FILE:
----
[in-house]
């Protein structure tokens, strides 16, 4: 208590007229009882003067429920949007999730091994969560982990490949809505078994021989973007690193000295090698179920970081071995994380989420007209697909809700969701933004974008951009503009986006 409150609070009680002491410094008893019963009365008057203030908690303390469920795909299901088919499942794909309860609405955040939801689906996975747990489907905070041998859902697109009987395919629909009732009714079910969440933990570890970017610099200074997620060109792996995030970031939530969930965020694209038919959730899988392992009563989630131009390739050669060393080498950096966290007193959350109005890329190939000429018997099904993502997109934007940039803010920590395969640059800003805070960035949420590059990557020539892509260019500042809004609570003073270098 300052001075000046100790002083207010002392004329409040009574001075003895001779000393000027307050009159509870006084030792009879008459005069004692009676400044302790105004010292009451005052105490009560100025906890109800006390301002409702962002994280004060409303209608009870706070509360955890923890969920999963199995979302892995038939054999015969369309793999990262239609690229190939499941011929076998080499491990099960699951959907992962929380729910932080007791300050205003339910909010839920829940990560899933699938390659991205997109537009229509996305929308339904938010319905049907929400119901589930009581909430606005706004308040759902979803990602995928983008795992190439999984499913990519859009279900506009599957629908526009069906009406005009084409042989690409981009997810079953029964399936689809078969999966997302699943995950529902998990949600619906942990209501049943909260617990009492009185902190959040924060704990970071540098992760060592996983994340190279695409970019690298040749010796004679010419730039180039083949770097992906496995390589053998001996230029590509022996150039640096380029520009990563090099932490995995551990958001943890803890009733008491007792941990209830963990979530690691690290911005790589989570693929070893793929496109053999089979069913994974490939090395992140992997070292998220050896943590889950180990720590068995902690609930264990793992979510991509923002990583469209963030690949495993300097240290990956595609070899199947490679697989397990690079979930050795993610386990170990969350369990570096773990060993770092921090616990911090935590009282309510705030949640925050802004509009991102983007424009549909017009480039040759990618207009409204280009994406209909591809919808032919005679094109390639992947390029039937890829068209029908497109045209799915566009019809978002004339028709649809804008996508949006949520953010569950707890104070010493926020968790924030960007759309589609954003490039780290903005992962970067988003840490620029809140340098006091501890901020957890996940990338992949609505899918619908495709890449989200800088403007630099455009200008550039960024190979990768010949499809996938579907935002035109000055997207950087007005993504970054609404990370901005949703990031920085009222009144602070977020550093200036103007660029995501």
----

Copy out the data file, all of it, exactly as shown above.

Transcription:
[in-house]
């Protein structure tokens, strides 16, 4: 208590007229009882003067429920949007999730091994969560982990490949809505078994021989973007690193000295090698179920970081071995994380989420007209697909809700969701933004974008951009503009986006 409150609070009680002491410094008893019963009365008057203030908690303390469920795909299901088919499942794909309860609405955040939801689906996975747990489907905070041998859902697109009987395919629909009732009714079910969440933990570890970017610099200074997620060109792996995030970031939530969930965020694209038919959730899988392992009563989630131009390739050669060393080498950096966290007193959350109005890329190939000429018997099904993502997109934007940039803010920590395969640059800003805070960035949420590059990557020539892509260019500042809004609570003073270098 300052001075000046100790002083207010002392004329409040009574001075003895001779000393000027307050009159509870006084030792009879008459005069004692009676400044302790105004010292009451005052105490009560100025906890109800006390301002409702962002994280004060409303209608009870706070509360955890923890969920999963199995979302892995038939054999015969369309793999990262239609690229190939499941011929076998080499491990099960699951959907992962929380729910932080007791300050205003339910909010839920829940990560899933699938390659991205997109537009229509996305929308339904938010319905049907929400119901589930009581909430606005706004308040759902979803990602995928983008795992190439999984499913990519859009279900506009599957629908526009069906009406005009084409042989690409981009997810079953029964399936689809078969999966997302699943995950529902998990949600619906942990209501049943909260617990009492009185902190959040924060704990970071540098992760060592996983994340190279695409970019690298040749010796004679010419730039180039083949770097992906496995390589053998001996230029590509022996150039640096380029520009990563090099932490995995551990958001943890803890009733008491007792941990209830963990979530690691690290911005790589989570693929070893793929496109053999089979069913994974490939090395992140992997070292998220050896943590889950180990720590068995902690609930264990793992979510991509923002990583469209963030690949495993300097240290990956595609070899199947490679697989397990690079979930050795993610386990170990969350369990570096773990060993770092921090616990911090935590009282309510705030949640925050802004509009991102983007424009549909017009480039040759990618207009409204280009994406209909591809919808032919005679094109390639992947390029039937890829068209029908497109045209799915566009019809978002004339028709649809804008996508949006949520953010569950707890104070010493926020968790924030960007759309589609954003490039780290903005992962970067988003840490620029809140340098006091501890901020957890996940990338992949609505899918619908495709890449989200800088403007630099455009200008550039960024190979990768010949499809996938579907935002035109000055997207950087007005993504970054609404990370901005949703990031920085009222009144602070977020550093200036103007660029995501």